Achieving Shamatha

by Dr Alexander Berzin

The Eight Composing Mental Factors

 

To overcome laziness, we need to apply the first four of the eight composing mental factors:

 

  1. Belief in a fact, namely in the advantages of achieving shamatha.

  2. This leads to the conscious intention to concentrate.

  3. This leads to joyful perseverance, happily making an effort to do something constructive.

  4. This leads to a sense of fitness, which gives us the flexibility to apply ourselves to the practice.

Shantideva

Shantideva explains four supports and two forces to enhance joyful perseverance:

 

  • Firm aspiration is being firmly convinced of the benefits of the goal and the drawbacks of not achieving it, so that aspiration to attain it cannot be swayed.

 

  • Steadfastness or self-confidence comes from examining if we are capable of achieving the goal and, being convinced that we are, applying ourselves steadily, even though progress goes up and down.

 

  • Joy is not being satisfied with just a little progress, but taking joy in advancing, with a sense of self-satisfaction.

 

  • Rest is taking a break when tired, but not out of laziness, in order to refresh ourselves.

 

  • Naturally accepting is naturally to accept what we need to practice and what we need to rid ourselves of in order to reach our goals, and naturally to accept the hardships involved, having examined them realistically.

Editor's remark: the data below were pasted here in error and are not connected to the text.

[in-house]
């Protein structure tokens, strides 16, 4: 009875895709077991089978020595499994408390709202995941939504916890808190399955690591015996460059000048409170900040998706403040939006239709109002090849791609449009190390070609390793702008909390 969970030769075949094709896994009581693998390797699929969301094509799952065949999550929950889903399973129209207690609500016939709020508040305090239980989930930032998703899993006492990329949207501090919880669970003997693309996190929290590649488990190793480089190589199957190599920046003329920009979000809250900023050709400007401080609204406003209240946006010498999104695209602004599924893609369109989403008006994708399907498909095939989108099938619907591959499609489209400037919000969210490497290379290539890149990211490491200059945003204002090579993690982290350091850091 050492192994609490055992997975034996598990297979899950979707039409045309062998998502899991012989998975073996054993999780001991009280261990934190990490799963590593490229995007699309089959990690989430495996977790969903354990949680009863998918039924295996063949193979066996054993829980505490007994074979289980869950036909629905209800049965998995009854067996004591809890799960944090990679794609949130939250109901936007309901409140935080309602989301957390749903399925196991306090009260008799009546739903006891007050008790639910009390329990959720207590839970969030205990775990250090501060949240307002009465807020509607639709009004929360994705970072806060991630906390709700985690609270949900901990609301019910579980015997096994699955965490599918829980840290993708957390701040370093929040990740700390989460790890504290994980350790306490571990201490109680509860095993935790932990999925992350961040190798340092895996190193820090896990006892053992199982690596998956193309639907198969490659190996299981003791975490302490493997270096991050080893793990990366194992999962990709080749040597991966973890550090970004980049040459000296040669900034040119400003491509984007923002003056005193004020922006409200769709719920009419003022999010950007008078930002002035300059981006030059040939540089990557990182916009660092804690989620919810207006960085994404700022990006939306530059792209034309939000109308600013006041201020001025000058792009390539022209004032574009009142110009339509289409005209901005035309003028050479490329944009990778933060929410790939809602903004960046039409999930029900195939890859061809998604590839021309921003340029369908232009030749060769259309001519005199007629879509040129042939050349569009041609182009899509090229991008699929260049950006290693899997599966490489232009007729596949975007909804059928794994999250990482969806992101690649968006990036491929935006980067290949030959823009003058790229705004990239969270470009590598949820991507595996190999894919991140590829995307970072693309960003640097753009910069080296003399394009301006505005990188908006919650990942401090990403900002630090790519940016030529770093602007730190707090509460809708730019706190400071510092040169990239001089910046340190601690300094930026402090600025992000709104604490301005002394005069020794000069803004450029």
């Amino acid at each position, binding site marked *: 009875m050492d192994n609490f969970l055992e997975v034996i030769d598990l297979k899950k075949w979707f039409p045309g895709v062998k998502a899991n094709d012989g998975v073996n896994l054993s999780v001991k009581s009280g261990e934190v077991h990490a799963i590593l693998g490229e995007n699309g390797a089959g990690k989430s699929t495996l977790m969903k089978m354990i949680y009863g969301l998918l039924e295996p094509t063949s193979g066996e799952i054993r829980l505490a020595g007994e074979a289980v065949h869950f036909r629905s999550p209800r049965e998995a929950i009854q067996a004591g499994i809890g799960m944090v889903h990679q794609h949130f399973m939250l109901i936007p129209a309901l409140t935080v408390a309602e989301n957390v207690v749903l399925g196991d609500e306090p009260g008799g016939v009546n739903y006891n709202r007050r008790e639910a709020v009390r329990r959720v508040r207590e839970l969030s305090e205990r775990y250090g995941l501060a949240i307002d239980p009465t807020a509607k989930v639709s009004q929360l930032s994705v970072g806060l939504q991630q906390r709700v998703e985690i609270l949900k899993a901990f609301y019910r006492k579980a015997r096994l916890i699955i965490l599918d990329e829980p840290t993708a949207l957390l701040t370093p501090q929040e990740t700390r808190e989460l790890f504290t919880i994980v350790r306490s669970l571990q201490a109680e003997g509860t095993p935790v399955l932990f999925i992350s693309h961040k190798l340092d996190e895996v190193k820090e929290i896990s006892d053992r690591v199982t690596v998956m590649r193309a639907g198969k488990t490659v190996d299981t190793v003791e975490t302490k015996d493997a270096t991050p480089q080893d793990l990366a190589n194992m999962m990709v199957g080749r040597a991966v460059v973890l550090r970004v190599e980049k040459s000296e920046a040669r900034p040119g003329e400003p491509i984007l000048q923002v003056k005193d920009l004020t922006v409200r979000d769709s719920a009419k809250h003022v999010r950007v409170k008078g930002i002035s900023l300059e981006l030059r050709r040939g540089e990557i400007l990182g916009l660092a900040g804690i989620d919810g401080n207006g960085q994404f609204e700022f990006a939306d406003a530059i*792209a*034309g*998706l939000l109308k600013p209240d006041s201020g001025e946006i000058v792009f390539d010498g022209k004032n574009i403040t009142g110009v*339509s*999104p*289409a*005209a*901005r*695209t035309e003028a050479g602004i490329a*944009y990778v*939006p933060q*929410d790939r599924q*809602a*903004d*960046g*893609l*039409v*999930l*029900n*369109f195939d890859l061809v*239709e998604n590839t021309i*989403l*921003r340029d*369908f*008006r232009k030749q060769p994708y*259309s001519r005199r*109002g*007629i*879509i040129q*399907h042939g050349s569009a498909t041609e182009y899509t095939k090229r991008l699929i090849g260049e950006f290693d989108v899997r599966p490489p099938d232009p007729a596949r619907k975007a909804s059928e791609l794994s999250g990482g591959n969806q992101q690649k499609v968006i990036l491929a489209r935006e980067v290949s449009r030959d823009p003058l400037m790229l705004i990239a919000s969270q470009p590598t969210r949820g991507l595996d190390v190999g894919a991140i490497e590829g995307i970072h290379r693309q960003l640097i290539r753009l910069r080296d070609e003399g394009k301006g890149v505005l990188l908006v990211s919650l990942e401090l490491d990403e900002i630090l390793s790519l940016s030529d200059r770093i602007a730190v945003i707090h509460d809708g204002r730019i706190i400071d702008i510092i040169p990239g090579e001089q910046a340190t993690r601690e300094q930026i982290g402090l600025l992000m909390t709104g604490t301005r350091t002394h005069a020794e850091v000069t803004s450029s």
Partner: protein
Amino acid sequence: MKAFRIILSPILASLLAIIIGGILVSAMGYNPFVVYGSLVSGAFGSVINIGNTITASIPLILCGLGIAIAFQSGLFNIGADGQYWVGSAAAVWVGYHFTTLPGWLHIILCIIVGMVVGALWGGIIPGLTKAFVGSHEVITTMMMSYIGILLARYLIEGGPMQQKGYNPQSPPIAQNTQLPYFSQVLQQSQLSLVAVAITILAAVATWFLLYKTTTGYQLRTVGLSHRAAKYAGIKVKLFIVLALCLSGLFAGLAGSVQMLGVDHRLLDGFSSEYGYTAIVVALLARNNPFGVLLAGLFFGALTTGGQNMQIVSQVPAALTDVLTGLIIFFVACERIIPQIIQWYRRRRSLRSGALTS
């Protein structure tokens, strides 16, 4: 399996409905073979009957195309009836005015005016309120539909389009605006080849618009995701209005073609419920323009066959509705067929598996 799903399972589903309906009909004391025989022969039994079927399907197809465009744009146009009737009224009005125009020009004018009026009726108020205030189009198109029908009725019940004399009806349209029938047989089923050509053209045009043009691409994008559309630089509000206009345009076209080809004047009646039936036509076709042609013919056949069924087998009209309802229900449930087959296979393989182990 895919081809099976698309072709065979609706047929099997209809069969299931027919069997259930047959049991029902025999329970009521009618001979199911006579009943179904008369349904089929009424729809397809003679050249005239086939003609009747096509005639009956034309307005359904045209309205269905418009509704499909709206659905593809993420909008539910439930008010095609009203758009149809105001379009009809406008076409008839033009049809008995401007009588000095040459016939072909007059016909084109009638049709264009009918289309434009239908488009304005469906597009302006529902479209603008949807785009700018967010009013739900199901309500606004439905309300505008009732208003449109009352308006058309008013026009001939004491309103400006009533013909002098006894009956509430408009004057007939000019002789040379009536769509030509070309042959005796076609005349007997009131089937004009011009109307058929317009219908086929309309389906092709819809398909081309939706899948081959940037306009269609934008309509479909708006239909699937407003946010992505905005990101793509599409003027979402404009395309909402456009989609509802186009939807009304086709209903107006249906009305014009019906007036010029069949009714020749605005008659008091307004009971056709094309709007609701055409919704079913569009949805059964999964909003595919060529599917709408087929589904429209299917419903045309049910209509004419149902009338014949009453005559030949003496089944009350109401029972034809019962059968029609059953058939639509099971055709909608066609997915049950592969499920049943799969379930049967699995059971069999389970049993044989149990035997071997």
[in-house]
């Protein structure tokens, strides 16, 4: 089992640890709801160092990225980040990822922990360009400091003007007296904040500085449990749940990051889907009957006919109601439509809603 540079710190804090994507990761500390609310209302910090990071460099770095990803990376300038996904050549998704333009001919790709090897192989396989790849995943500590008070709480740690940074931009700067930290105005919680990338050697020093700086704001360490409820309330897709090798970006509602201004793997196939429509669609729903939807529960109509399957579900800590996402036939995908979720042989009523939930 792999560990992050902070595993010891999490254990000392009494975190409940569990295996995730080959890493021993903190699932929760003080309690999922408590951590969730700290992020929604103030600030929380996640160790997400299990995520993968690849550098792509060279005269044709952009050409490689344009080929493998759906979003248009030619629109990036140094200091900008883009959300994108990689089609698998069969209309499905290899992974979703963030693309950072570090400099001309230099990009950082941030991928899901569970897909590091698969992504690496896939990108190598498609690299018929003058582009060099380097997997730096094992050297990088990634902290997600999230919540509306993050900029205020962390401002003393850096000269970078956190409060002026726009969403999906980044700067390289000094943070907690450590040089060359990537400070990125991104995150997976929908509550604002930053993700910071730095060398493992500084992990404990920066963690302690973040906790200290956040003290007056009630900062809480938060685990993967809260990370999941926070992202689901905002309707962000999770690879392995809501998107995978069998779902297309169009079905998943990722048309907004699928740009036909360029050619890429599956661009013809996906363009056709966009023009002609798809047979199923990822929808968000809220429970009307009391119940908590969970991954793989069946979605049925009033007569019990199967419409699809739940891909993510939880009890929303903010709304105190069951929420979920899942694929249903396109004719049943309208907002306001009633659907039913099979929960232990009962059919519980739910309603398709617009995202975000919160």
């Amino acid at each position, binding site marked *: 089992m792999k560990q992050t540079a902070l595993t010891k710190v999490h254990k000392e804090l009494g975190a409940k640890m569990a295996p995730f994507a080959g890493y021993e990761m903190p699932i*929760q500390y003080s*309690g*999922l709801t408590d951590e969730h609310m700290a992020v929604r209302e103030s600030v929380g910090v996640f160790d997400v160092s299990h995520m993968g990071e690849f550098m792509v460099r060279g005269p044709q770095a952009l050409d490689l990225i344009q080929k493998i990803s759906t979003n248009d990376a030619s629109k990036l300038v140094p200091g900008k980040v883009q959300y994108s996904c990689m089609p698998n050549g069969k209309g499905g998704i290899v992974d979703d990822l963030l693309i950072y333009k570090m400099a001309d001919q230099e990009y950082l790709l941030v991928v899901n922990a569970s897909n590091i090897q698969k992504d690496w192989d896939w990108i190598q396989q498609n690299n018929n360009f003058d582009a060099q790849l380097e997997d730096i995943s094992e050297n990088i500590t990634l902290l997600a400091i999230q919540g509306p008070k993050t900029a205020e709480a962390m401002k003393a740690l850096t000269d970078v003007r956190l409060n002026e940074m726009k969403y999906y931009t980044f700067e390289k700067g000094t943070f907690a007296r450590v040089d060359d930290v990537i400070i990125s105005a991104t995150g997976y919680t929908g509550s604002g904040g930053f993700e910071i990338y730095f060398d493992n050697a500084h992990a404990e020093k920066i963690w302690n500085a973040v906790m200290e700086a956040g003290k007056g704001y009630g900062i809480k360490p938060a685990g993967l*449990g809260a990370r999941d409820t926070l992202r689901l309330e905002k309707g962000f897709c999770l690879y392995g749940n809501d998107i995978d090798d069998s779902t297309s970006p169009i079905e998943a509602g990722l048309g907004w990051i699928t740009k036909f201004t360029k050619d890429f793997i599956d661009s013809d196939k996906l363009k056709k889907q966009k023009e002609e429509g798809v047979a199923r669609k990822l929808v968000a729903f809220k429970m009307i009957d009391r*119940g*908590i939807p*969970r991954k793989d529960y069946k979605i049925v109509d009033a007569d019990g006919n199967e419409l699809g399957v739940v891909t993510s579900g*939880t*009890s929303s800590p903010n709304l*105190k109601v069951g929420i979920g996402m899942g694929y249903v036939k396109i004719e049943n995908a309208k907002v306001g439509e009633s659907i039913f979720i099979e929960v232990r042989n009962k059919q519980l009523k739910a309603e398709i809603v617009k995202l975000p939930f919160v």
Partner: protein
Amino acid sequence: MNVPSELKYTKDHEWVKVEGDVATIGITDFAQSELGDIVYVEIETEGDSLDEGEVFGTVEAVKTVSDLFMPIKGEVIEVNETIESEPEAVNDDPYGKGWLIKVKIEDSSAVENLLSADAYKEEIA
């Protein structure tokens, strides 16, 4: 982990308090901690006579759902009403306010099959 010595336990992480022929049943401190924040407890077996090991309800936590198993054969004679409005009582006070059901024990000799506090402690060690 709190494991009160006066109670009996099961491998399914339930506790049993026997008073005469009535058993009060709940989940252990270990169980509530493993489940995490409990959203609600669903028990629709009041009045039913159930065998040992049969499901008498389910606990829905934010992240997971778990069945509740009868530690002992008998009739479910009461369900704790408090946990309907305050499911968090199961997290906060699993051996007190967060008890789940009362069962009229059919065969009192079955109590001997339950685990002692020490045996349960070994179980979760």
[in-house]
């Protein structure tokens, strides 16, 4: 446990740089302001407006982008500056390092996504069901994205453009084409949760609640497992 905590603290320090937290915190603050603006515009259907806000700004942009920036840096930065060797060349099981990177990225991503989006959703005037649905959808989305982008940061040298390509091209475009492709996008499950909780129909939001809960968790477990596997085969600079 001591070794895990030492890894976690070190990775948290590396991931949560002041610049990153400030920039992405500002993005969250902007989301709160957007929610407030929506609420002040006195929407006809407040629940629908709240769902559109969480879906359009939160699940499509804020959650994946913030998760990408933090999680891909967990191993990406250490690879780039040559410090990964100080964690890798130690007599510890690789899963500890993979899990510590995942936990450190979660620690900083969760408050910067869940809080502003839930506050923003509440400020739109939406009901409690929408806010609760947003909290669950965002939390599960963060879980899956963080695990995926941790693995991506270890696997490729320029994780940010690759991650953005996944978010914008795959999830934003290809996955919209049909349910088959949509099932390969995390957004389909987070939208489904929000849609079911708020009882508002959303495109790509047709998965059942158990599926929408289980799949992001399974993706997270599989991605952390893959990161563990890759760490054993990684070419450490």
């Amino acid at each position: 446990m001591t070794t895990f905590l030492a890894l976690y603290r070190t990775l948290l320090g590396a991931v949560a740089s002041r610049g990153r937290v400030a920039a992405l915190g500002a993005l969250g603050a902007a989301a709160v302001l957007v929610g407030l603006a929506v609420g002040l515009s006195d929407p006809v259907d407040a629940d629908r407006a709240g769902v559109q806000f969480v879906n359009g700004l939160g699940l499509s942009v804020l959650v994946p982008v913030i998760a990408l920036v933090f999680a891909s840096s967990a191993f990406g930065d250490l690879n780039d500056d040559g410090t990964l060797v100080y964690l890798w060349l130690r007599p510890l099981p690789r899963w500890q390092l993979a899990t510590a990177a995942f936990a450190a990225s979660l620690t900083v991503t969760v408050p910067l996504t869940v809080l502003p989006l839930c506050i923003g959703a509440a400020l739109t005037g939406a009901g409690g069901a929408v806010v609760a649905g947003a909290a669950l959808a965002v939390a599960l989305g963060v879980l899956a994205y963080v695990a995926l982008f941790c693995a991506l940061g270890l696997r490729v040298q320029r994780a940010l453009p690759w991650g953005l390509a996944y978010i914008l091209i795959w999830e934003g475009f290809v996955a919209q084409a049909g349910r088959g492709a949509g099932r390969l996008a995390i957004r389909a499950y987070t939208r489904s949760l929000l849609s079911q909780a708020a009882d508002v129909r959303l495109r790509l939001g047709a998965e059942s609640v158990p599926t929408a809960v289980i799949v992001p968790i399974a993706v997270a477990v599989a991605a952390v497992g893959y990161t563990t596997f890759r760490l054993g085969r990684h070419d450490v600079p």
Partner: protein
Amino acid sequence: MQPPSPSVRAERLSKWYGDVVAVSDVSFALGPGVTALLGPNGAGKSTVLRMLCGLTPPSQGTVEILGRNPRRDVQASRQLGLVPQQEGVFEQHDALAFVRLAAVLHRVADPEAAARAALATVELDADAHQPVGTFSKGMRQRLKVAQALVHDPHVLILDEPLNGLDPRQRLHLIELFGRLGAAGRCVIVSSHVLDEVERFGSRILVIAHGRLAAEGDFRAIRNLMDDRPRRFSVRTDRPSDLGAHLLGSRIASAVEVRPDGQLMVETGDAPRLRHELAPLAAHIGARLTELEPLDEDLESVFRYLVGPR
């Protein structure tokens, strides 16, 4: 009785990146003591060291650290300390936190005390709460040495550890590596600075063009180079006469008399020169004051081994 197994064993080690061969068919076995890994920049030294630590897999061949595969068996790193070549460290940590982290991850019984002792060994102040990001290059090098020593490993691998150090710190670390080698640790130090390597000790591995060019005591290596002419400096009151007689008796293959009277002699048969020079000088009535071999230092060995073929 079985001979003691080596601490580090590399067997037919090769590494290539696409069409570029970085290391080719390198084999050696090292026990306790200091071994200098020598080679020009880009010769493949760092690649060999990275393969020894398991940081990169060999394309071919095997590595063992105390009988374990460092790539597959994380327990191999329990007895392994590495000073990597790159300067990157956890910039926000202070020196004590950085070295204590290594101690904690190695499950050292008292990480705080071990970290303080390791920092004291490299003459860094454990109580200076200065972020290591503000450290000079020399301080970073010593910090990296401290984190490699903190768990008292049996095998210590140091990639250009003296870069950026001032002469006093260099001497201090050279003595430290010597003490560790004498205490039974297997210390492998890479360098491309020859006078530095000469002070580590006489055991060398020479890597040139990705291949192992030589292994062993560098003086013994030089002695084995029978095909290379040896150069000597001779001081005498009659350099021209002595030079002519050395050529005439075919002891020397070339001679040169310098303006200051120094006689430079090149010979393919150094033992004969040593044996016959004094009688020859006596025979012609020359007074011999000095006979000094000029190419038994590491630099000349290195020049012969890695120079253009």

• Taking control is to take control of ourselves and apply ourselves to what we wish to achieve.

To overcome forgetting the instructions or losing the object of focus, we need to apply:

 

5. Mindfulness, remembering, keeping the mental hold on the object of focus, like "mental glue."

 

To overcome mental flightiness or mental dullness, we need to apply:

  

6. Alertness, to check the condition of our mindfulness. If the mental glue becomes undone due to gross flightiness or dullness, so that we lose the object, alertness triggers the restoring attention to focus once more on the object. Alternatively, it triggers tightening the grip or loosening the grip of mindfulness in the case of middling and subtle dullness or subtle flightiness.

 

To overcome the deterrent of not applying the opponents for them, we need to apply:

 

7. Readiness to apply opponents. This comes from the two powers to enhance joyful perseverance: naturally accepting what has to be done and what has to be gotten rid of, and taking control to apply ourselves.

 

To overcome not stopping applying opponents when they are no longer necessary, we need to apply:

 

8. Relaxation of opponents. This refers also to knowing when to take a rest, knowing not to push more than is appropriate.

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© Bodhicitta 2017